The journey to International Guest House was around 30 minutes and was probably the scariest journey of my life, but the driver was calm and really made us feel safe. When we arrived, we had time to relax before dinner, where we got a chance to meet the people on our project and the people on the Medicine Project who we would spend the next two weeks with.
We spent one night in Kathmandu before we left at 6am for the 10-hour drive to Bharatpur in Chitwan. Although this journey was long (and I'd definitely recommend bringing a portable speaker), there's no better way to become comfortable with people than falling asleep on them!
My Physiotherapy placement
At my first placement, I was at ABBS, which is a day-care centre for disabled children. We mainly spent our time playing with the children, but the women working there were more than happy to discuss the children's disabilities with us and they allowed us to observe the physiotherapy they were doing. This placement was quite shocking, as there were so many children being looked after by just three women. The women coped very well under the circumstances, even when the power turned off for a few hours.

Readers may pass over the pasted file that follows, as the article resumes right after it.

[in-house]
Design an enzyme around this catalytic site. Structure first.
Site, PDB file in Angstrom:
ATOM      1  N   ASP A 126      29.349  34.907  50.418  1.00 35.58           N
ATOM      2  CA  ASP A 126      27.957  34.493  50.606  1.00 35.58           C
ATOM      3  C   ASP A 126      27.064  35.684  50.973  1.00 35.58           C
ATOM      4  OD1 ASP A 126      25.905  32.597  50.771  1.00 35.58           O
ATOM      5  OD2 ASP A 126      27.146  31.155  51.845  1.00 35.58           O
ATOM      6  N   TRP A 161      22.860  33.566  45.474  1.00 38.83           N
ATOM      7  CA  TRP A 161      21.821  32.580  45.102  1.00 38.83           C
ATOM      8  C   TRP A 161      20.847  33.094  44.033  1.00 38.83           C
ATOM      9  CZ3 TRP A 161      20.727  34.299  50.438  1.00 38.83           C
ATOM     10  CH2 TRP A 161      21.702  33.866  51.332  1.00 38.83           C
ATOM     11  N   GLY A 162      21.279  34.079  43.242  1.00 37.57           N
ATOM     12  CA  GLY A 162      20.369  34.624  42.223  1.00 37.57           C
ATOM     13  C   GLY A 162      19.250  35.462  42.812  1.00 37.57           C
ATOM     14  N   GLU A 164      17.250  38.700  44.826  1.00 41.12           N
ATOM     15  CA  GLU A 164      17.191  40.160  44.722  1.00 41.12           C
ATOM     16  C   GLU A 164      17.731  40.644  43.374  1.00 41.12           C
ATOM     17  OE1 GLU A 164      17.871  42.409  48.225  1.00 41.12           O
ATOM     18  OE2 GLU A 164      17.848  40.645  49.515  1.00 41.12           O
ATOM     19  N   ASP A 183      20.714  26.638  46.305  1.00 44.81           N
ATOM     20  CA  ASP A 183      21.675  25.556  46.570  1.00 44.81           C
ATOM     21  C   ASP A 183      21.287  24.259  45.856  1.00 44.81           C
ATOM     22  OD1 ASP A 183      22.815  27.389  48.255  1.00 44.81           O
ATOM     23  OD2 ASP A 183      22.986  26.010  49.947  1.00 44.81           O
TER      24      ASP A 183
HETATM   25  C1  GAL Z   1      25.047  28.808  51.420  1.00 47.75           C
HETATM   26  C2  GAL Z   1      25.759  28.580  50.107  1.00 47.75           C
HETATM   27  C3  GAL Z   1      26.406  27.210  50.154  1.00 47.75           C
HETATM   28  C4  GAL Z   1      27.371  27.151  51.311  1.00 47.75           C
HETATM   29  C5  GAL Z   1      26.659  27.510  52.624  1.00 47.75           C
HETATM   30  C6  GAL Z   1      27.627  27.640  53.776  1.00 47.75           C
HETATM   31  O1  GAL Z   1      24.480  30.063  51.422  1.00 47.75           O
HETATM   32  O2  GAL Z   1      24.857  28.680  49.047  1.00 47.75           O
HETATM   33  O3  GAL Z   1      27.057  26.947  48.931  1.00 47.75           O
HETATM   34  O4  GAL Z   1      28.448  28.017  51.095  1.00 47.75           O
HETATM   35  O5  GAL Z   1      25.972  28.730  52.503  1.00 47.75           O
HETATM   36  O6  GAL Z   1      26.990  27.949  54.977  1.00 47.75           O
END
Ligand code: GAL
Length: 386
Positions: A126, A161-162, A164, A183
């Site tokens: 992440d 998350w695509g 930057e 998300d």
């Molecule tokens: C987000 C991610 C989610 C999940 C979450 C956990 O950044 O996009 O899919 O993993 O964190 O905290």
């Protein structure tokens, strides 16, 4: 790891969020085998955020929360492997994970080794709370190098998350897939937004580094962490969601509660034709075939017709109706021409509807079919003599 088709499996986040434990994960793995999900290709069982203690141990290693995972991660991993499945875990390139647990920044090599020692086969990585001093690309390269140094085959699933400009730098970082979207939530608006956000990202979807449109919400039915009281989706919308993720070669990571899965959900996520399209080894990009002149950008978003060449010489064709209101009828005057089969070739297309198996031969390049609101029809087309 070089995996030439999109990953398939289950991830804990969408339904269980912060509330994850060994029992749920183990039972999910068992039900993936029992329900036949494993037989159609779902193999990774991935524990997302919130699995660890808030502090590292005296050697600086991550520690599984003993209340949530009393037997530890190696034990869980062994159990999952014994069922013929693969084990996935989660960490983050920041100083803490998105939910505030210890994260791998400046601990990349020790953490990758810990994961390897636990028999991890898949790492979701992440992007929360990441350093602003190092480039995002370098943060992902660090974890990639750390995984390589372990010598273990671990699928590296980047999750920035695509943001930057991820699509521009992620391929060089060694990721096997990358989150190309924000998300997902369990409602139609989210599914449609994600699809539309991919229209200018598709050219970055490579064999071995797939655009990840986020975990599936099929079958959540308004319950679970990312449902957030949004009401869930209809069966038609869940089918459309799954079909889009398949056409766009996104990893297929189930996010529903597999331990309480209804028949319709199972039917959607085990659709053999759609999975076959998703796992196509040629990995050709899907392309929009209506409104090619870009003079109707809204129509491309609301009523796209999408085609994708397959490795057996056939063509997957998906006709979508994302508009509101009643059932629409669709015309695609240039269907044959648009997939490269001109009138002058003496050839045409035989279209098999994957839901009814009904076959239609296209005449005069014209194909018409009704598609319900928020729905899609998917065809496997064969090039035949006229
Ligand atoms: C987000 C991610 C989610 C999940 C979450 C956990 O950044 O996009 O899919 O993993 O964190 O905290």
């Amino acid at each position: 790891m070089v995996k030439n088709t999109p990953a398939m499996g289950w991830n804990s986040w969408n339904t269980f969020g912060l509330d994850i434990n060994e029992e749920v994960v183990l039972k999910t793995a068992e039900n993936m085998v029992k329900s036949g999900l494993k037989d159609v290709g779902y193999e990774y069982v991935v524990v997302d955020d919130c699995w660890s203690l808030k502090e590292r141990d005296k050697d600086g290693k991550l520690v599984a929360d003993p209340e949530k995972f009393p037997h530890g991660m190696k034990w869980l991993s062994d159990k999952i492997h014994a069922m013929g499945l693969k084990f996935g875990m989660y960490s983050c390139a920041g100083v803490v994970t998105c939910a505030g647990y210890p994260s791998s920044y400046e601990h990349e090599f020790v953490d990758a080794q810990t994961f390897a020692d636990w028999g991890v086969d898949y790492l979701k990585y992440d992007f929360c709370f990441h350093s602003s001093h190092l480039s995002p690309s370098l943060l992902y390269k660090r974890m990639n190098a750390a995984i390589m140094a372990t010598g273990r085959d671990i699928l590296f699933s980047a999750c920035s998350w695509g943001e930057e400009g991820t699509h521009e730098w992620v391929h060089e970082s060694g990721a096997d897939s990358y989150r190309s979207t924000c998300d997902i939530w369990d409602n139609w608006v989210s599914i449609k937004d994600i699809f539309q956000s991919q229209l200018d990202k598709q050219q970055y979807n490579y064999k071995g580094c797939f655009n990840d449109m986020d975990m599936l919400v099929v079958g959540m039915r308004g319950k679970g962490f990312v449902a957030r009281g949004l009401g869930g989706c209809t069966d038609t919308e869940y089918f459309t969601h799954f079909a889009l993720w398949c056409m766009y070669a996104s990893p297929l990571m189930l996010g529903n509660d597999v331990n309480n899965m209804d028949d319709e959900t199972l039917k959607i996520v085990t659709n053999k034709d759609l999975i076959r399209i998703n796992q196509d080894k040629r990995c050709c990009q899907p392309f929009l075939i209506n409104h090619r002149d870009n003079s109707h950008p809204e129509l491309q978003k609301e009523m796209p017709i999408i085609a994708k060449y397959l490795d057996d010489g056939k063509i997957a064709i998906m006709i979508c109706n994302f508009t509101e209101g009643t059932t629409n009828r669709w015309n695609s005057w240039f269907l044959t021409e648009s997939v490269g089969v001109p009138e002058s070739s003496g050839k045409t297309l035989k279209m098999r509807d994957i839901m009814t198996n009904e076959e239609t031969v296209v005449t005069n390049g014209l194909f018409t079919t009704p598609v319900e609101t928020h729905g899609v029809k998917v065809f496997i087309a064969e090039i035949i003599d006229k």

We also had placements at two hospitals, CMC and Spinal. Out of these two, CMC has to be my favourite as there were more patients and we were able to assist the physiotherapists as they delivered their treatments. In the afternoon at this placement, we were also allowed to choose a ward to go to, which was really eye opening as it allowed me to fully see the differences in the healthcare system there.
On one day, we got the chance to do a dental outreach at a school. We spent around an hour the day before planning and producing resources for our lesson with the kids. When we arrived at the school and were standing in front of 30 six year olds who weren't fluent in English, it was quite scary, but when we discovered they had quite a good grasp of English and were very eager to learn, the lesson went along with ease.